Heat by Rob O’Neill

The Girlie thinks I'm gay

The Girlie thinks I’m gay.

I was explaining something to her, can’t remember what. She’d asked a question and I was explaining to her. I was lying on the couch, as usual, and she was in the chair next to our wrecked coffee table, but more on that later.

The Girlie asks a lot of questions and mostly I can’t answer them. While she’s doing ancient history and modern history in year 12 and I did them at uni, where I did Greece, she does Egypt and so forth. Our paths never seem to cross.

Anyway she was asking me a question, with her feet up on our totally ruined art deco designer coffee table. I managed to answer one and was making gestures with my hands while explaining the answer to her. She kept looking at my hands and then goes:

“Dad, are you gay?”


Laughing, maybe a bit nervously now: “Are you gay?”

Now I’m the sort of person that never gives a straight, if you’ll pardon the expression, answer to anything.

“Why do you ask?”

“Well,” she pauses. “It’s the hands.”

“What about the hands?”

“They’re a bit girlie.”

Now I know, I know, equating girlie with gay is at best a rough guide. The two don’t necessarily go together. Or rather girlie guys often are gay but most gays aren’t girlie, in my limited experience. If you know what I mean. But hey, she’s a teenager and not worldly wise like us. Cut the girl some slack.

I think this might have something to do with the fact I haven’t got a girlfriend and haven’t had one since she arrived in Aussie. Just a little suspicion of mine.

Anyway, a few days after this shock question, we went out to dinner for her birthday. Seventeen already. Up to her favourite place, Fabulous Fish in Balmain. A nice wee café that serves sweet potato crisps as garnish on whatever type of fish you order. The fish over here are quite different from back home. While you can get Snapper and John Dory and Kingfish, you also have to deal with Barramundi, Flathead, Bream, Leatherjacket and a host of others.

We’re walking up to the restaurant and the Girlie goes:

“You should die your hair.”


“It’s going all gray, Dad.”

“Sometimes you have to accept that you’re gay,” I say. It was a genuine slip of the tongue, alright? Okay maybe her gay question was still on my mind. I corrected myself quickly.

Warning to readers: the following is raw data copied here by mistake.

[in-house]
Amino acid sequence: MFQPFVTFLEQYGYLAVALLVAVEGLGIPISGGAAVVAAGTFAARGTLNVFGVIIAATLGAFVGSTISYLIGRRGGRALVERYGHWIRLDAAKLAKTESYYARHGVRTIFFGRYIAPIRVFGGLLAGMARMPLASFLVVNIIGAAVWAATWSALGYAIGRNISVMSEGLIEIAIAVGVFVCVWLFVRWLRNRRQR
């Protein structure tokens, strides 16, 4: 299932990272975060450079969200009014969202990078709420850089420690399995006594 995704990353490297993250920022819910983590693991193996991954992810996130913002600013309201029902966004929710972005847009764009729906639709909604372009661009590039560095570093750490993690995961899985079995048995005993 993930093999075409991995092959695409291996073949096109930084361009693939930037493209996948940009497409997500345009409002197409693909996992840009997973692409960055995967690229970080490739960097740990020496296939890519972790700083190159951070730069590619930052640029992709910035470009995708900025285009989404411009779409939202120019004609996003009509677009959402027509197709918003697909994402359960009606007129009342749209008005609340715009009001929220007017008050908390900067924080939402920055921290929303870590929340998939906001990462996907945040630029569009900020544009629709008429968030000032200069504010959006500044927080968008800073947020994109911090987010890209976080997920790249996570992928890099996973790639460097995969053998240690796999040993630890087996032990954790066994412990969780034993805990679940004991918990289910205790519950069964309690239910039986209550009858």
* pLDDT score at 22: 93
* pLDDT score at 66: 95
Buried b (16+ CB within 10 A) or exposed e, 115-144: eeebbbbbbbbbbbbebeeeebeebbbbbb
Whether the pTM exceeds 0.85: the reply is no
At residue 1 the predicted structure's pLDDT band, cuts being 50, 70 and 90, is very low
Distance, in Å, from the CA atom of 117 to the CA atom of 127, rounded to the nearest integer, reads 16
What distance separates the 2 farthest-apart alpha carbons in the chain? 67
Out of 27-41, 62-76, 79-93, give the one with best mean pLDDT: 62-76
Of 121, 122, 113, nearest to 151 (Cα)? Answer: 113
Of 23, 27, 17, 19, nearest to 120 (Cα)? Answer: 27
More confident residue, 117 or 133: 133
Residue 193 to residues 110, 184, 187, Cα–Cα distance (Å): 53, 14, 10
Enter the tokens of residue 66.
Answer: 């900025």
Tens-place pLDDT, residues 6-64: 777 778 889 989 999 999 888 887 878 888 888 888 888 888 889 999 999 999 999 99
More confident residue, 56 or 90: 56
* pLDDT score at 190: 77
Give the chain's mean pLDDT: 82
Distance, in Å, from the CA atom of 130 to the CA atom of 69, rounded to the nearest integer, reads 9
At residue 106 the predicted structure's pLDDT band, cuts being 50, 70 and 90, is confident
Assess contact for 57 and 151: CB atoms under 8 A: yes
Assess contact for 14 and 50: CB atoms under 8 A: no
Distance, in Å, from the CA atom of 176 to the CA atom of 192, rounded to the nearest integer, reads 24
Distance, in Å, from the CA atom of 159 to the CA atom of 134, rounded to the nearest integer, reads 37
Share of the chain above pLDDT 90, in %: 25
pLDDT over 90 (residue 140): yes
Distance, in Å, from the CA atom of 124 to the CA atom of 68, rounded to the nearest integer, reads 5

“I mean gray.”

“Are you trying to tell me something?”

“No. I’m not. I’m not gay, okay?”

The meal was great and I bought her a copy of “Dude, Where’s My Country?” from the bookshop next door just to make sure she doesn’t turn out all bitter and twisted. It’s funny living with a teenager. In many respects it’s like being flatmates. Except I’m the flatmate she doesn’t want to be seen in public with.

Personally I love being a solo dad. I love saying I’m a solo dad too. You get all this sympathy. It’s wonderful.

Anyway we get home and the Girlie throws her book down on the…

… the coffee table. What’s left of it.

I went to New Zealand, you see, a couple of weeks ago. After taking all sorts of precautions to anticipate disasters before I left, on my first night in the phone goes off.

It’s the Girlie.

“Dad, you know how there was that light that didn’t work in the lounge?”


“Well, I’ve had a bit of an accident.”

“What have you done?”

“I was changing the bulb and I broke the coffee table.”

“What do you mean broke the coffee table. How could you break the coffee table?”

It seemed incomprehensible to me. What could be the connection between the light and the coffee table.

Surely not… No! No!

Surely she couldn’t have done that? She didn't stand on it? Not on the plate glass.

“I was standing on it to change the light-bulb and I fell through.”

Anyway, the Girlie came through, or rather fell through, unscathed. You might think the table is easily fixed, but this is big thick plate glass cut into curves at the corners and beveled all around. A real designer job from the 70s.

It’s going to cost a bomb.

But don’t get the impression I’m house-proud or anything. I’m not. Alright. And I dress very badly. And my bedroom’s a pig-sty. And I often don't shave, but not in the George Michael, Gotta-Have-Faith-designer-unshaved girlie sort of way. Much more the I-don't-give-a-damn-about-how-I-look, mountain-man approach.

There's nothing metrosexual about this boy. He's a mountain man and he loves mountin' women.

Got it?

And the only reason I hang out on Oxford St is because it’s somewhere the Girlie’s friends won’t see us together.